NEWS

Cyprus: Now the difficult part begins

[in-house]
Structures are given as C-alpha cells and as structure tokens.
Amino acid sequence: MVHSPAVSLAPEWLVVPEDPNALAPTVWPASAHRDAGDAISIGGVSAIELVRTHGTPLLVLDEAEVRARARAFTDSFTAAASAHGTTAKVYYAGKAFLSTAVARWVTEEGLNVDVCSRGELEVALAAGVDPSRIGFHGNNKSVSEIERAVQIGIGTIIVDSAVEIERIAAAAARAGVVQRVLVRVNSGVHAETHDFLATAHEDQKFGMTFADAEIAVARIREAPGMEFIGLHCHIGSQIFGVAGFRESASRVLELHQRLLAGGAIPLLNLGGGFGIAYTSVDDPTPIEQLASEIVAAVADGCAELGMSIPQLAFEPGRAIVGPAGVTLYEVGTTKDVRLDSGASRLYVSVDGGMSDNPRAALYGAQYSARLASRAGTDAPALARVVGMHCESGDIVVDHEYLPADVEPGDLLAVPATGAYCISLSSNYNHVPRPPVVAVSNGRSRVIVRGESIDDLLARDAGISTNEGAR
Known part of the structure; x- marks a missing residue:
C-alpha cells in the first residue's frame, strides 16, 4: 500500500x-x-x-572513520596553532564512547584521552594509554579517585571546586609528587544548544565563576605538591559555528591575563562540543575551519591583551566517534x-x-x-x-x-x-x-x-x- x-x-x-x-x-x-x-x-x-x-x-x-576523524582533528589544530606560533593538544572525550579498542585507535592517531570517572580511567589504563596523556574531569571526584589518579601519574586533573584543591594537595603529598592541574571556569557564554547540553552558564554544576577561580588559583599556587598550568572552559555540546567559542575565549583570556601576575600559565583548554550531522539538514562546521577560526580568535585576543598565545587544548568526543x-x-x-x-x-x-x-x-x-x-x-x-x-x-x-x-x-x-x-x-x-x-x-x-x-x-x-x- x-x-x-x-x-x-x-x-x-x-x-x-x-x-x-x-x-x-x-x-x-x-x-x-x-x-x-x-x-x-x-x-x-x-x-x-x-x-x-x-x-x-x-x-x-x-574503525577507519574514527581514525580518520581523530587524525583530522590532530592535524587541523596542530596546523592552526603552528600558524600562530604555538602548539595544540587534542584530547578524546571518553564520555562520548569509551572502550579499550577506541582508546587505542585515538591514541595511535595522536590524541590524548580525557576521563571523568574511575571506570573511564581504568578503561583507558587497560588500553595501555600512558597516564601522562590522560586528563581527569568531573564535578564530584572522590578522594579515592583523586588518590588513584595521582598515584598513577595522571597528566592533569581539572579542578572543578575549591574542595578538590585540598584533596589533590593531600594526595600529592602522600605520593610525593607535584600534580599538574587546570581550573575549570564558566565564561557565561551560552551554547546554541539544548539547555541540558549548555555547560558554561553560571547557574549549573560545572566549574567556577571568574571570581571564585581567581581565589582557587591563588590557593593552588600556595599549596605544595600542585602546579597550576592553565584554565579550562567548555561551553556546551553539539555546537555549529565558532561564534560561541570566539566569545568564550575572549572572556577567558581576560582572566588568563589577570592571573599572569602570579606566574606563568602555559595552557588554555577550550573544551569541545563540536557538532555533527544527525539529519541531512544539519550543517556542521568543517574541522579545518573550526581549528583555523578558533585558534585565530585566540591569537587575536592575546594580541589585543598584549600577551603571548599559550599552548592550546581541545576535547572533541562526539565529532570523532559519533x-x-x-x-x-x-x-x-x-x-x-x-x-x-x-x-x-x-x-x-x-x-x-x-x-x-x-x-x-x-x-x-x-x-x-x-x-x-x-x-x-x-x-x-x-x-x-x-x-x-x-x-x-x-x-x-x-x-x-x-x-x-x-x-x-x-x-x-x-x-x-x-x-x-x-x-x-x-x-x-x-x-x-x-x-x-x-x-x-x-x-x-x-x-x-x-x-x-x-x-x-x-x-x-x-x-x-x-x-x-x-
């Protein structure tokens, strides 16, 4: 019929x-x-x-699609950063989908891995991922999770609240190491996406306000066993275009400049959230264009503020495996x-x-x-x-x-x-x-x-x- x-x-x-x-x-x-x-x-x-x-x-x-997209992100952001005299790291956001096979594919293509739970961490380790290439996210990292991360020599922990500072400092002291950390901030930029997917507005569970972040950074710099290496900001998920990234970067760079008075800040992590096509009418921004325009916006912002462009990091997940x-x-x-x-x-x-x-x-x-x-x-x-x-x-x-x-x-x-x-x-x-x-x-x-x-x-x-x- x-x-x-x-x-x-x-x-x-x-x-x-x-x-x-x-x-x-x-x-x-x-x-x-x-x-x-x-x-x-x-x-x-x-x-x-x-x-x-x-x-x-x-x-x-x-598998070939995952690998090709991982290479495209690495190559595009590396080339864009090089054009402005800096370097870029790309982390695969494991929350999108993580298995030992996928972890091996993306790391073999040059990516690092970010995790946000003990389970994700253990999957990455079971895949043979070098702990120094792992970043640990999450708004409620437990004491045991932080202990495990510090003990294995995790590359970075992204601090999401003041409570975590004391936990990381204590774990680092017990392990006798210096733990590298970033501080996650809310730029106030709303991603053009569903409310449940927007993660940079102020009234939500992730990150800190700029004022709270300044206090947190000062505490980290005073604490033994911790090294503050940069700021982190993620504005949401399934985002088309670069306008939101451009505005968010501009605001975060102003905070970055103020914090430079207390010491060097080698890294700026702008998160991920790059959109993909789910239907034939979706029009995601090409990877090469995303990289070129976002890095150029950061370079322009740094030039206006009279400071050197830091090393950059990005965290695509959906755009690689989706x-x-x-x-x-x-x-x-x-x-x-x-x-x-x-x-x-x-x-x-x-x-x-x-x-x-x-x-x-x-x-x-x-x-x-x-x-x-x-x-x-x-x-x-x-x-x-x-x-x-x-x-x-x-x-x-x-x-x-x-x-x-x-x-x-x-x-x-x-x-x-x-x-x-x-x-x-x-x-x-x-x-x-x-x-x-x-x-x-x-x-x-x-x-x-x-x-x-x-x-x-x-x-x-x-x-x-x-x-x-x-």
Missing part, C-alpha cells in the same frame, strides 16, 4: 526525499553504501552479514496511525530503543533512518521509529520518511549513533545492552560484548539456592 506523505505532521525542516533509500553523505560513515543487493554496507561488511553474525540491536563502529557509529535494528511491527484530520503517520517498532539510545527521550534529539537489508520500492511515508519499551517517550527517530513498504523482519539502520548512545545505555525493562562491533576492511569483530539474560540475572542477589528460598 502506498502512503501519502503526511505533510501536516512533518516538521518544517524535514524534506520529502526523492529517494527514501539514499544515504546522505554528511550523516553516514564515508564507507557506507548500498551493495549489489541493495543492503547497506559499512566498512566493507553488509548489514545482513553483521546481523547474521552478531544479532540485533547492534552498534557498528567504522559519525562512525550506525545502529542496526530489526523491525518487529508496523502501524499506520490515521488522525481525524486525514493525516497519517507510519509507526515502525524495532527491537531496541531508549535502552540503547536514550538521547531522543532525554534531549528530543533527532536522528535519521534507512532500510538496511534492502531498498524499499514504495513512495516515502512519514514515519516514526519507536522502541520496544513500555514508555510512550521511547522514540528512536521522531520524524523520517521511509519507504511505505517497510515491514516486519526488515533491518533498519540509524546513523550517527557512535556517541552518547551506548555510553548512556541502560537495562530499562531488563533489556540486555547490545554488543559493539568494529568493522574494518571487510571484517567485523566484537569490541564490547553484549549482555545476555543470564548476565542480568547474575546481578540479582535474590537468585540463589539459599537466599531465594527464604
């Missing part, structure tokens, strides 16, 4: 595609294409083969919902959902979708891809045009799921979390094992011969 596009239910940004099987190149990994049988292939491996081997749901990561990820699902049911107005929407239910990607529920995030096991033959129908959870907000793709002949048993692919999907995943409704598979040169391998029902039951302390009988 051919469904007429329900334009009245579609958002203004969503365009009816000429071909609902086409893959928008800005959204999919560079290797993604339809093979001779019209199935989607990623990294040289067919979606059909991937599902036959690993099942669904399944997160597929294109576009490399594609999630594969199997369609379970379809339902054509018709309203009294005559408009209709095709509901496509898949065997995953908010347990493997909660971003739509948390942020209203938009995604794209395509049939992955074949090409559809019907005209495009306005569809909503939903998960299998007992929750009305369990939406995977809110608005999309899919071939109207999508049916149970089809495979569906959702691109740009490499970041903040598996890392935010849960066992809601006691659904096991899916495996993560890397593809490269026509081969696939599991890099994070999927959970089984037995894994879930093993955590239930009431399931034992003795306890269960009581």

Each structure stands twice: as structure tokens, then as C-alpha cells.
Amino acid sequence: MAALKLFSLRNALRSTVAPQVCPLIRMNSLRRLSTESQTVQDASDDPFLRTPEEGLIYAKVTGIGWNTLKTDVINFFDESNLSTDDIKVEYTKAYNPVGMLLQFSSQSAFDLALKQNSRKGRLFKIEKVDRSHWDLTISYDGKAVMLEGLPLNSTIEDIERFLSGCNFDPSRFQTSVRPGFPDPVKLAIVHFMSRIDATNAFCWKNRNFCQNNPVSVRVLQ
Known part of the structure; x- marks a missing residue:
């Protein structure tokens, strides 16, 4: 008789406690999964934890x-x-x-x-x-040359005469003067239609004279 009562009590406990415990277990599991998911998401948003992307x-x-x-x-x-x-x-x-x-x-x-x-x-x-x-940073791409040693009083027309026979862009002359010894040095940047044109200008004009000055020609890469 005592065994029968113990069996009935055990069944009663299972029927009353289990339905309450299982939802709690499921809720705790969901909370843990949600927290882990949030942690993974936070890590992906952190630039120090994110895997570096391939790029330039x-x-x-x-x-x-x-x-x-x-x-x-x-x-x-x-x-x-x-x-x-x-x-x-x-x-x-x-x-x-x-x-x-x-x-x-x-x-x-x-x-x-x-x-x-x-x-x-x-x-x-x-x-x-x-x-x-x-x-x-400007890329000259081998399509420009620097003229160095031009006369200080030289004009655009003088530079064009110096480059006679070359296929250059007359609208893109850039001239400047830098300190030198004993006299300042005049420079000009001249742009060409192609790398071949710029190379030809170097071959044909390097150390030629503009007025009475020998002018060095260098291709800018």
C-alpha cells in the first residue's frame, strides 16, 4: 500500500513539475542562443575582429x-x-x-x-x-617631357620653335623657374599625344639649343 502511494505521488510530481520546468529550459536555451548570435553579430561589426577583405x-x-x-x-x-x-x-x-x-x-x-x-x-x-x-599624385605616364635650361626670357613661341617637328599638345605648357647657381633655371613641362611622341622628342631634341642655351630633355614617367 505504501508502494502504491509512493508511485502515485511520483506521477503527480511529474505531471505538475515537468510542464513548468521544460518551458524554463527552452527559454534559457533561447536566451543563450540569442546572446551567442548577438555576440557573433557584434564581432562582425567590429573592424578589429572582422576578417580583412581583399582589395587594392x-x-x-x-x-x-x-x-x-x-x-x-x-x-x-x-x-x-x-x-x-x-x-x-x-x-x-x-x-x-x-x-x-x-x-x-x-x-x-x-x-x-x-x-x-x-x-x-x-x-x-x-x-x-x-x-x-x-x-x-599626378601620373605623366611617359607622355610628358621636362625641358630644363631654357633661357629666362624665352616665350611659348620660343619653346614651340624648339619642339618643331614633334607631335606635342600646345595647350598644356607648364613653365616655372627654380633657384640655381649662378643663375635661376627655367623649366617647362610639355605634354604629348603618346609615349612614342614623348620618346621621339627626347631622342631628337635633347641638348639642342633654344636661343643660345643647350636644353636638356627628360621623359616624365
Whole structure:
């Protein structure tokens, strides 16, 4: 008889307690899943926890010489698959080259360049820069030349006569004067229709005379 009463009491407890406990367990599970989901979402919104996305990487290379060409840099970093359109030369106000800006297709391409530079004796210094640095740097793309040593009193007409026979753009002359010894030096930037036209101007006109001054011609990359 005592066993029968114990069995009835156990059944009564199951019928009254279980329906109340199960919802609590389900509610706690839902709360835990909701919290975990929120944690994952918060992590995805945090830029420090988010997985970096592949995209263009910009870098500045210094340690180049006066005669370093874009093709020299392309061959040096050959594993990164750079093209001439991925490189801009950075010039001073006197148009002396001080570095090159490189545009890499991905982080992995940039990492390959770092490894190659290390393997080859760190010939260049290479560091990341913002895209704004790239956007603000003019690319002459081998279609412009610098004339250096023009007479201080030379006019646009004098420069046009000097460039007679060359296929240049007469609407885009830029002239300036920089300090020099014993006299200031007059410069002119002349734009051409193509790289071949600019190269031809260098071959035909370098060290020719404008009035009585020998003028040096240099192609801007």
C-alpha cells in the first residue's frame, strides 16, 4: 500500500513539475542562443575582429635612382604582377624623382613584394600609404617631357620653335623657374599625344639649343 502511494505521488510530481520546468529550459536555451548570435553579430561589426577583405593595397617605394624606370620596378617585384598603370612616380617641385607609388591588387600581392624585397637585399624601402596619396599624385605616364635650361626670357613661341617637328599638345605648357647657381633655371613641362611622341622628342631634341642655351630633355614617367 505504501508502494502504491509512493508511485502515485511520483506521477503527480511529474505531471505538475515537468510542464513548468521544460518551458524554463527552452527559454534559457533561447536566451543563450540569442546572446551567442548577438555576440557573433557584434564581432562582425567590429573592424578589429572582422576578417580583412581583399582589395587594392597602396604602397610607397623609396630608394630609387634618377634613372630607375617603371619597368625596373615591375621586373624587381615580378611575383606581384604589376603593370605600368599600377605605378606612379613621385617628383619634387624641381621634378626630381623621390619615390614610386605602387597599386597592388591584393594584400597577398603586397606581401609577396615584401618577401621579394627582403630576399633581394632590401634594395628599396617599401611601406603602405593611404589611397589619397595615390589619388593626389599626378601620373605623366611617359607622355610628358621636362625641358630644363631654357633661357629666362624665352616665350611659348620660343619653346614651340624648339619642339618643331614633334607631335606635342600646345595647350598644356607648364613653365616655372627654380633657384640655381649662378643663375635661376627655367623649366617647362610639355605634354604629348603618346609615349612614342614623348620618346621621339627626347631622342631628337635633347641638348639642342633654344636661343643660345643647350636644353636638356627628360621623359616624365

The UN’s secretary-general, Kofi Annan, arrives in Cyprus this week in an attempt to break the stalemate in talks between Cypriot President Glafcos Clerides and Turkish-Cypriot leader Rauf Denktash and to work toward an agreement on the general principles for a federated Cypriot Republic. However, both sides have reservations as to the outcome of Annan’s visit, which is aimed at reaching agreement on a solution, if possible before the political decision to expand the European Union at the Copenhagen summit in December 2002, and, of course, before the signing of the accession treaty during Greece’s presidency of the EU in the first half of next year. Time is running out; therefore diplomatic sources believe that Annan will set out, if not a comprehensive plan, then at least specific ideas for overcoming the stalemate on all controversial issues. Annan is certainly taking with him a package of well thought-out proposals and alternatives. Denktash has threatened to withdraw from the talks if the UN Secretariat presents a plan, but is unlikely to carry out his threat because of the enormous political responsibility he would be taking upon himself and Ankara. Indirect recognition The Turkish side has already made gains from Annan’s visit even before his arrival. The fact that he will be visiting Denktash at his «presidential» office in the Turkish-occupied northern sector of Cyprus is an indirect form of recognition. It is a sign of the times that the UN secretary-general himself is to violate Security Council Resolutions 541 and 550 that require avoidance of any act which could be perceived as recognition of the Turkish-Cypriot pseudo-state. It will also be a violation of the European Court of Justice rulings that view the Turkish-Cypriot regime as a local government body subject to Turkish authority. No UN secretary-general has ever visited the occupied sector before. Well-informed diplomatic sources claim that many of the proposals Annan is bringing with him will be particularly painful for the Greek Cypriots to accept. Everything will depend on whether Denktash will stand his ground concerning two separate states or whether he will try to maneuver. If the latter occurs, it is considered certain that the pressure will be mainly on Clerides and indirectly but clearly linked with Cyprus’s EU accession process. Officially, this process is independent of the search for a political solution on the island, but in reality the opposite is true. Gathering clouds Although nothing has officially changed on the Cyprus issue, clouds have been gathering on the horizon. The Turks are in a particularly difficult position; until recently they had been threatening to annex the occupied territories if Cyprus joins the EU with the issue still open. Recently they have resorted to a more abstract formulation that they will react strongly and provoke a crisis, as evident in a recent statement to that effect by the moderate Turkish Foreign Minister Ismail Cem. If Turkey annexes the occupied sector, the action will not be recognized by the international community. There is a precedent in Iraq’s annexation of Kuwait, as well as Israel’s annexation of the Golan Heights. It would also be extremely difficult from a moral and political standpoint for Europe to invoke an illegal act in order to block Cyprus’s membership. Once Cyprus joins the EU, the northern occupied sector will be considered EU territory and the EU will have to take political measures against the occupying force, given that Turkey is a candidate for EU membership itself. In that event, a freeze on EU-Turkish relations would seem inevitable. There is, of course, the likelihood that Ankara will use its military in Cyprus either to create an incident or at least escalate tension in order to frighten the Europeans away from involvement in the area. This would unavoidably lead to a crisis between Greece and Turkey. According to reliable sources, Athens is preparing for such an eventuality. Of course, it does not want to get drawn into a state of tension, but it also cannot stand by if Turkish provocations create a negative situation. Prime Minister Costas Simitis and Foreign Minister George Papandreou discussed that very problem in a two-hour meeting last Wednesday. The threat of an incident would lead by mathematical precision to intervention by the US, something that Ankara wants, in the hope that it might avert Cyprus’s accession to the EU, or at least that it might obtain something worthwhile in exchange. Finding themselves at an advantage with regard to their role in a Euroarmy, the Turks are aiming to have a date set at the Copenhagen summit for their own accession talks. However, the European Commission believes that Turkey does not fulfill the necessary conditions; nor are the member states in favor of it as a whole. Countdown Well-informed sources claim that Papandreou has promised Cem that the Greek EU presidency will make an official proposal at the Thessaloniki summit in June 2003 to set a date for Turkey’s accession talks to begin. In practice, this would mean a countdown to Turkey’s membership of the EU. However it is doubtful whether Ankara will see this as sufficient bait to abandon its objections to Cyprus’s membership. The post-Kemal regime has become accustomed to taking what it wants and making promises in return, not the other way around. The Europeans are also in a difficult position, as they do not want to inherit the Cyprus problem and be forced to take measures against Turkey. On the other hand, they have no desire to violate the commitment they made at the Helsinki summit. The only way to do so would be to find a viable solution that is compatible with the acquis communautaire. However, since there is no guarantee that such a solution will be found in the coming months, there are several scenarios being heard on the sidelines. Some of these invoke a tiny vague phrase in the Helsinki resolution that for Cyprus to join the EU, prevailing conditions will be taken into account. That phrase was added precisely for the purpose of being used as a loophole. Just a few days ago, EU foreign policy chief Javier Solana made an indirect threat that if the Cyprus talks broke down, only the southern, unoccupied part would be allowed to join and not Cyprus as a whole. Shortly beforehand, German Foreign Minister Joschka Fischer said that Cyprus’s accession should not be considered as a given if the problem were not resolved. All these statements (and much more being said on the sidelines) are of political significance. On the other hand, what is working in favor of Cyprus’s membership is the powerful force of the EU’s institutional processes. Along with Slovenia, Cyprus is the best prepared of any of the 10 candidate member states. Those countries chosen at the December summit to join the EU will do so as part of a joint accession treaty, which is already being processed. Therefore Cyprus cannot be treated separately, either by member governments or by their parliaments. Naturally the Greek Parliament will opt to be the last to ratify the enlargement treaty in order to avoid any unpleasant surprises. If the question of excluding Cyprus arises in Copenhagen, Greece has made it clear that it will block the enlargement. Even in the unlikely event that the Simitis government does not exercise its right to veto, the Greek Parliament would never ratify a treaty that did not include Cyprus. There is of course the chance that the enlargement might be delayed. It is common knowledge that Paris is not enthusiastic about it, while there are also reservations in other European capitals. Nevertheless, the political decision has been made, the institutional process set in motion and therefore any postponement would be a strike against the EU’s prestige. No guarantee Simitis is justified in believing that signing Cyprus’s membership accord during the Greek EU presidency would be an historic achievement and a bonus for his government in view of the next parliamentary elections. However, there is no guarantee of such an eventuality. As pointed out above, there are no institutional obstacles, unless the Turkish Cypriots change their policy and ask to be included in accession talks this coming fall. This would delay the accession process, but for the moment at least it does not seem to be part of Turkish policy. The problem lies at the political level. Ankara is looking for a way to torpedo Cyprus’s accession, while the Europeans do not want to inherit the Cyprus problem. The combination is a volatile one. The only certainty is that as the deadline approaches, the difficulties will increase.